I’m teaching “The Politics of the 70s Film” this semester, and Mid Century Cinema will follow along, with a few words about each movie screened for the class. First up is The Graduate (Mike Nichols, 1967), a film that, in style, substance, and attitude, crystallized many of the elements of the emerging New Hollywood.
News and Commentary
Jacques Rivette, one of the great and singular directors of his time, died January 29 at the age of eighty-seven. He was one of five young movie-obsessed friends (along with Claude Chabrol, Jean-Luc Godard, Eric Rohmer and François Truffaut) who met in the late 1940s, each drawn like apes to the monolith in 2001 to film screenings at the Cinémathèque Française. (How obsessed were they? Godard and Rivette once showed up for an early afternoon showing of Orson Welles’ Macbeth; Godard watched repeated screenings through ten o’clock; Rivette stayed on till midnight.)
The allied triumph in the Second World War is remembered – fondly and correctly – as one of the great and inspiring moments of modern history, and the quarter century that followed was a period of economic growth and prosperity almost unimaginable in the context of the miserable decades that preceded it. But all periods have their troubles, and the immediate post-war era had its own healthy portion: real fear that the peacetime economy might slip back into depression, emerging cold war anxieties, and the chilling social paralysis that went hand-in-hand with anti-communist hysteria.
Faye Dunaway, who can stake a fair claim to the title Lead Actress of the New Hollywood, turns seventy-five on January 14.
“We were taught that we should question all the established values, all the taboos, and that the one thing we must continually strive for was a sense of self and a sense of expanding our horizons.”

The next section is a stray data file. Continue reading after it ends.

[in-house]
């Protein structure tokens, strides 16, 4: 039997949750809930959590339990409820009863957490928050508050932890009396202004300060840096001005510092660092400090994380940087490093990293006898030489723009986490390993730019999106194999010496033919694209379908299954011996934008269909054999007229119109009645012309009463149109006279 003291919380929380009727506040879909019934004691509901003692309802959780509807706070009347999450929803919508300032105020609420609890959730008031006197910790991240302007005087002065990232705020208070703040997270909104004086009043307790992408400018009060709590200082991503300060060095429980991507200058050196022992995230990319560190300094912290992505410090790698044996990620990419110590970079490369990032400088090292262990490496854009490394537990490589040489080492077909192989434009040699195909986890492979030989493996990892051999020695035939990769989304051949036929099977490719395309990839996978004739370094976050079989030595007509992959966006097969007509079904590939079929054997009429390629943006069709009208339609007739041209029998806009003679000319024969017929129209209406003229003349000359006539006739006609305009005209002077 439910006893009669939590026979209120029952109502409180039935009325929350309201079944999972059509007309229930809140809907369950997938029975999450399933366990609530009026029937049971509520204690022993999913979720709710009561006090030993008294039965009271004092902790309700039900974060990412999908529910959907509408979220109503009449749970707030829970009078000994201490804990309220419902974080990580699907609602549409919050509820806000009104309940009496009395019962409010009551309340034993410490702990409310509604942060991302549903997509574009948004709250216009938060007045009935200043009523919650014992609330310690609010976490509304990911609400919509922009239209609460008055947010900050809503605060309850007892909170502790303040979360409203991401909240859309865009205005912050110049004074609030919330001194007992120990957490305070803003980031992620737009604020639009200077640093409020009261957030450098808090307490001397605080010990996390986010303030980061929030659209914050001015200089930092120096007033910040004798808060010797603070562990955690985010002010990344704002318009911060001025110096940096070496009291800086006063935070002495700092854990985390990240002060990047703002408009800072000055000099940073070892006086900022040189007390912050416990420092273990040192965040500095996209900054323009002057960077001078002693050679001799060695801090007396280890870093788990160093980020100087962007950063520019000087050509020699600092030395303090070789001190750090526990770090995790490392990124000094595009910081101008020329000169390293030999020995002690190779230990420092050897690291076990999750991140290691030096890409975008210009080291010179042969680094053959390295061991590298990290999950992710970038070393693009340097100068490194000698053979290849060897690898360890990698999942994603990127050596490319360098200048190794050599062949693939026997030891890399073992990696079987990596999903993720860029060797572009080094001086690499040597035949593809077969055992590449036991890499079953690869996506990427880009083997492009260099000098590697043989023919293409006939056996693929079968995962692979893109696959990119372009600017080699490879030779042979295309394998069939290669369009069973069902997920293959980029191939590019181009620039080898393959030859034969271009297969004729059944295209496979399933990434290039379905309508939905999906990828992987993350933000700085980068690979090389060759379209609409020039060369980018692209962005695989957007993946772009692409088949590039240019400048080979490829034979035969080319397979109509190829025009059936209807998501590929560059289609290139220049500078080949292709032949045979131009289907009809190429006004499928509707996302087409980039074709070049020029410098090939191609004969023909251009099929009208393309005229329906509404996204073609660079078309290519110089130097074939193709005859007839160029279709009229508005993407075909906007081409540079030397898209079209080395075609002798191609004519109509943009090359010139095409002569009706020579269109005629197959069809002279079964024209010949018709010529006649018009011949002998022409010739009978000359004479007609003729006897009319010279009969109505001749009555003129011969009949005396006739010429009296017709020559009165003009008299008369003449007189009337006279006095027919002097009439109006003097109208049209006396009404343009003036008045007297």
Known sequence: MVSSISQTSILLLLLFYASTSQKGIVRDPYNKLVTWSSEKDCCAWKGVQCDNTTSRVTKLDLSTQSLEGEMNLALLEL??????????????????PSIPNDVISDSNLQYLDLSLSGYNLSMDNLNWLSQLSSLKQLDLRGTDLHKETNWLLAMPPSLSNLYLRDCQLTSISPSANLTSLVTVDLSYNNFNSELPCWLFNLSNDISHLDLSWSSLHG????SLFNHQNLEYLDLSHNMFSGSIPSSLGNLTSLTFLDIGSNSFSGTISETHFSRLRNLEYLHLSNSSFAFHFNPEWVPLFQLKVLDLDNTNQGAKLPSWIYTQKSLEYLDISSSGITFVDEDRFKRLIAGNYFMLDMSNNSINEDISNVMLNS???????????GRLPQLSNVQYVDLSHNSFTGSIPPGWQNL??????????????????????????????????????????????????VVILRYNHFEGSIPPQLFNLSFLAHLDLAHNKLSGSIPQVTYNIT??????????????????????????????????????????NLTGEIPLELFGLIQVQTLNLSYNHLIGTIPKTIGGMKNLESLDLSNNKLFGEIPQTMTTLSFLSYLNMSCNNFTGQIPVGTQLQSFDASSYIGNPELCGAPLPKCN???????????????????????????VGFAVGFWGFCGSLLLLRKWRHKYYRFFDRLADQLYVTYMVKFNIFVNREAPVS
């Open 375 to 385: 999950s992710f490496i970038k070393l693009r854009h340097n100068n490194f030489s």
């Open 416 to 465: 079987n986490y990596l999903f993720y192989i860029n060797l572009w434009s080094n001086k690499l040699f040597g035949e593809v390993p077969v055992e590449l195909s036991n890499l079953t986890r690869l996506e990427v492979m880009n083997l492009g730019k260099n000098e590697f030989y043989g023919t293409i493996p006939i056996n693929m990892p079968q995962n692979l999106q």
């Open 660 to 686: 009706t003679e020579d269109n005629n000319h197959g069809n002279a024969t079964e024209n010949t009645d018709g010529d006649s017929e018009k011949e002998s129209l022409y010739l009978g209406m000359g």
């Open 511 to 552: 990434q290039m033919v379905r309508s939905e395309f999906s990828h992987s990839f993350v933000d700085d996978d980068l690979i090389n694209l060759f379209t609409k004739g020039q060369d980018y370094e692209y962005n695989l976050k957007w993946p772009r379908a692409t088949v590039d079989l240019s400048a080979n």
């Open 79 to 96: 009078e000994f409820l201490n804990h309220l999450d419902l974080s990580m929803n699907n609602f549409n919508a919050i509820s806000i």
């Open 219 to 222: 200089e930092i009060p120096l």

In a tough week for cinematographers, Vilmos Zsigmond, one of the legendary figures of the New Hollywood, died on January 3. At the age of eighty-five he was still going strong, coming off a very busy 2014 and associated with a number of upcoming projects.
The great cinematographer Haskell Wexler died on December 27, six weeks shy of his ninety-fourth birthday. Over the course of his long and extraordinary career, which straddled documentary and fiction films, Wexler was probably best known for his incisive photography on Who’s Afraid of Virginia Woolf (Mike Nichols, 1966). Nominated for five academy awards, he won twice, for Woolf and for the Woody Guthrie biopic Bound for Glory (Hal Ashby, 1976). Other notable efforts included his work on America, America (Elia Kazan, 1963), In the Heat of the Nigh
The great Japanese filmmaker Yasujiro Ozu was born on December 12 1903 and died on the very same day in 1963. One of Mid Century Cinema’s favorites, we celebrate twelve-twelve as Ozu day.
A milestone birthday celebration for Fritz Lang, who was born on December 5, 1890. Lang, a child of Vienna, would become one of the great directors of the thriving Weimar cinema that flowered in Germany during those tumultuous years between the end of the First World War and the Nazi seizure of power. Best known for the Sci-Fi dystopia Metropolis (1927), Lang also directed the silent classic Dr Mabuse: The Gambler (1922) and The Testament of Dr.
Finally, the fifth and last list of favorites—twenty-five films from the 1980s and 1990s. Again, and as always, it’s important to follow the Rules of the Game, but one reminder I will mention explicitly: only one director per list (and so any other films from that director which would have otherwise found a place on the list follow in italics). Wonderful films abound here—great films have always been made, and will always be made, even in the most dire of cultural settings.